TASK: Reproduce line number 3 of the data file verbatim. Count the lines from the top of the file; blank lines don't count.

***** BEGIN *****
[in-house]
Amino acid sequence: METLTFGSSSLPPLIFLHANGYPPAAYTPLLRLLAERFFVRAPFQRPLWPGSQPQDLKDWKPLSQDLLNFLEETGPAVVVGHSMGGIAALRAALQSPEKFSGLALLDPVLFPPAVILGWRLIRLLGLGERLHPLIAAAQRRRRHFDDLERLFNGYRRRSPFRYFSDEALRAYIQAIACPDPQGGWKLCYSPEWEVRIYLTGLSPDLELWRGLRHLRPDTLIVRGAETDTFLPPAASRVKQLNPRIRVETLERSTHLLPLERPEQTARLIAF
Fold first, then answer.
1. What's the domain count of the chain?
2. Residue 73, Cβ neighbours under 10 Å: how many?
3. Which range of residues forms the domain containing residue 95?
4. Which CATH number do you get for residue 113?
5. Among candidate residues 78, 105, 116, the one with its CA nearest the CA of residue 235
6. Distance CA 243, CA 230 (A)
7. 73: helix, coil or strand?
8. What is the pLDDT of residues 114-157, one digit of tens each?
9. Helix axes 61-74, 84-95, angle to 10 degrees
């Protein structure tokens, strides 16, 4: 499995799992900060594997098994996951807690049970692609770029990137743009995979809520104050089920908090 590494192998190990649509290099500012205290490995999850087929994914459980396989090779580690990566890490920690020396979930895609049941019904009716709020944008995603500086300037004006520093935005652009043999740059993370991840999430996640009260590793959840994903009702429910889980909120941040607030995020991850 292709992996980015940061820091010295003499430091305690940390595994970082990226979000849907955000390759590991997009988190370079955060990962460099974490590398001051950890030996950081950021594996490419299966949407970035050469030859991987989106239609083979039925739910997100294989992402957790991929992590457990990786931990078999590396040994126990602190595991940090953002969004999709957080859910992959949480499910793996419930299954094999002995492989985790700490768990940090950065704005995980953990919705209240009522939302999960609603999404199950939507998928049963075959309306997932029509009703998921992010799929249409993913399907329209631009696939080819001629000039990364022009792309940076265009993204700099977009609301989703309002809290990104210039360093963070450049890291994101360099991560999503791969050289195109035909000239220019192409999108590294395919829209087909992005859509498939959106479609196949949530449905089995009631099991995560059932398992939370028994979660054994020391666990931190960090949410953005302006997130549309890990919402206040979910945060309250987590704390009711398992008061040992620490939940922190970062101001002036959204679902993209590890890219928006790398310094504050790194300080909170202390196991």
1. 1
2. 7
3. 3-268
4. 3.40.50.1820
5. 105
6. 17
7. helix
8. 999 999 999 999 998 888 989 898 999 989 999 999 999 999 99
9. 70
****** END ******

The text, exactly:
Fold first, then answer.